The U.K. music industry and the IFPI have welcomed the passing of the Digital Economy Bill through parliament.

The legislation including anti-piracy measures was rushed through the Commons - to the concern of some MPs, Internet Service Providers and campaign groups - and it received royal assent in the House of Lords today (April 8) shortly before the prorogation ceremony.

Parliament has been dissolved for a general election on May 6 so many Bills were rushed through in the "wash-up" process, where opposing parties make deals on which parts of the legislation will stay.

While some elements of the broad Digital Economy Bill were left out, the anti-piracy measures did get through. Under the legislation, those suspected by rights holders of illegal downloading will be sent letters by Internet Service Providers. And after a year, telecoms regulator Ofcom can decide, based on the impact of letter-writing on overall levels of illegal file-sharing in the U.K, whether to trigger additional technical measures and possible suspension of Internet accounts.

However, the next government must still consult with industry and allow parliamentary scrutiny on a specific clause that would enable the secretary of state to approve the blocking of copyright-infringing Web sites, after a court ruling. This "super affirmative procedure" was used to help persuade MPs to vote through the Bill last night (April 7).

Many had doubted the government's ability to get the legislation through but it was one of the final pieces of business in the Lords today. It remains to be seen if the next government will enact those Web site-blocking measures as planned, while some MPs believe the rushed passage of the Bill could lead to flaws in the overall legislation.

Nevertheless, the music industry, which has campaigned on the issue for years, welcomed the passage of the Bill and will begin working with Internet Service Providers.

"The Act's measures to reduce illegal downloading will spur on investment in new music and innovation in legal business models," said BPI chief executive Geoff Taylor. "An Internet that rewards taking creative risks will mean more British bands enjoying global success, more choice in how to access music online, and more jobs in our fast-growing creative sector. These measures will not eliminate all piracy, but they will go a long way towards reducing illegal freeloading and will help to build a more sustainable ecosystem for content on the Internet."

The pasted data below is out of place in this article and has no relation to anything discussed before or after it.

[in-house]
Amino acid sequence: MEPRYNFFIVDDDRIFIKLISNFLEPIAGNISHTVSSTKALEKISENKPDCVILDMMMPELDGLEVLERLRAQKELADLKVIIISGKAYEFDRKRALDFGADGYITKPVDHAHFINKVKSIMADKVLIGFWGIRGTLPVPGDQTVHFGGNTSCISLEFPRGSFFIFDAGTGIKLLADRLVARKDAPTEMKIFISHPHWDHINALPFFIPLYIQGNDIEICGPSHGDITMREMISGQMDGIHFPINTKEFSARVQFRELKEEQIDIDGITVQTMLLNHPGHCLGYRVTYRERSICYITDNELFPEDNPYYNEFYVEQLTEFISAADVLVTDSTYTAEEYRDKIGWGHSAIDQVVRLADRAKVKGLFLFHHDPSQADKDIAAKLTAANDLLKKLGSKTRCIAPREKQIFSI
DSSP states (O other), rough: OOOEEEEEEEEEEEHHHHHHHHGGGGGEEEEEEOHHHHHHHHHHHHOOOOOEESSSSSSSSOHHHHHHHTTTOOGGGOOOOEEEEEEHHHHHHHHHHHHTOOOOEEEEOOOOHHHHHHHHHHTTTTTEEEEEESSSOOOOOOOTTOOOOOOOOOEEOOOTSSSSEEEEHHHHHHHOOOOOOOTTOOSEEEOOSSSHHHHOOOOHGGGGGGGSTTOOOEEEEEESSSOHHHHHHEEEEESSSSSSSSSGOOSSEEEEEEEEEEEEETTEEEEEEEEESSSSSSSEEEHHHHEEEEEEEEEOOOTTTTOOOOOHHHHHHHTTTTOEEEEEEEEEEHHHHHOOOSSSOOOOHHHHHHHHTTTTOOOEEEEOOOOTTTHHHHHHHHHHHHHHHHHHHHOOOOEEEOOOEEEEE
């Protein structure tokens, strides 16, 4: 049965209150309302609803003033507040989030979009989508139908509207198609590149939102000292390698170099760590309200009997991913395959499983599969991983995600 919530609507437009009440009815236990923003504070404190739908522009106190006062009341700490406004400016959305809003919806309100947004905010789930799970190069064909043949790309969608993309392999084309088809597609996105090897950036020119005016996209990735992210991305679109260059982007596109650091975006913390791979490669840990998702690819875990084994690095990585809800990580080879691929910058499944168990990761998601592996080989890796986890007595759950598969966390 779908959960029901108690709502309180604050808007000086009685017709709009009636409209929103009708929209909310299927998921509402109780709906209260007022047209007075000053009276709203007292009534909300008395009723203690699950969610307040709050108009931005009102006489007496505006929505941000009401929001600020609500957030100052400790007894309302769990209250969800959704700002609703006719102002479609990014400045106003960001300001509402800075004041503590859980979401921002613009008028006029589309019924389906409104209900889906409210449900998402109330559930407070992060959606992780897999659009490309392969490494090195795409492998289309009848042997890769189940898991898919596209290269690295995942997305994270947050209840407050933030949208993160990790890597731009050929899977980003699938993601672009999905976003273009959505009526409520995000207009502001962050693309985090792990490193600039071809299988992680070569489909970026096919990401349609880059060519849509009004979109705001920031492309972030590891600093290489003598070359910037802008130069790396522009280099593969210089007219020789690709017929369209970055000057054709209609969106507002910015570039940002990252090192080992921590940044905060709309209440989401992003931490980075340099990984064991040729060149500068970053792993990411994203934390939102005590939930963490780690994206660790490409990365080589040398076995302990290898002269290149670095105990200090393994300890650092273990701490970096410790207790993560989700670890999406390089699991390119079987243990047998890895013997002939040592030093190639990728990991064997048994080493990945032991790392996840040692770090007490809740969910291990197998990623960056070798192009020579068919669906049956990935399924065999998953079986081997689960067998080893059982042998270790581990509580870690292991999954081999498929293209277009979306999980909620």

He added: "We are acutely aware that music fans are at the heart of our business as it embraces the digital age. Hand-in-hand with the new measures, we will continue to expand the exciting range of legal services that offer vast catalogs of music to stream or download and which reward artists for their work. We will underpin this with industry initiatives, such as the recently launched Music Matters campaign, to raise awareness of these offerings with U.K. consumers.

"We will now work diligently with other stakeholders, including ISPs and Ofcom, to develop the Code of Practice that will bring the Act into effect."

Umbrella trade body U.K. Music said the approval of the Bill will enable the U.K. business to build and develop a world class digital market.

"We acknowledge that the real work begins now - both in terms of developing a Code of Practice with industry partners and Ofcom, cooperating with Internet Service Providers, and by opening up even more legitimate ways for fans to enjoy the music and creativity that they love," said chief executive Feargal Sharkey in a statement.

The IFPI said that governments around the world should take note of the U.K.'s actions.

"The passing of the Digital Economy Act in the UK recognizes that if a country is to have world-class creative industries, then it also needs laws that will effectively protect their rights from the crippling problem of digital piracy," said chairman and CEO John Kennedy. "The new U.K. legislation is a decisive step towards dealing with P2P and other forms of illegal distribution in a way that can substantially reduce the problem. Most importantly, it recognizes that Internet Service Providers have an essential role to play in curbing online piracy and reducing infringements on their networks."

He added: "The move by the U.K. creates momentum for the graduated response approach to tackling piracy internationally. Governments increasingly understand that, in the digital economy, creative industries like music, film, books and games can drive growth and jobs for many years to come if they are provided with the right legal environment and with a modern system of enforcement in which ISPs actively cooperate.

"The U.K. has today joined the ranks of those countries who have taken decisive and well-considered steps to address the issue. We hope this will prompt more focus and urgency for similar measures in other countries where debate is underway."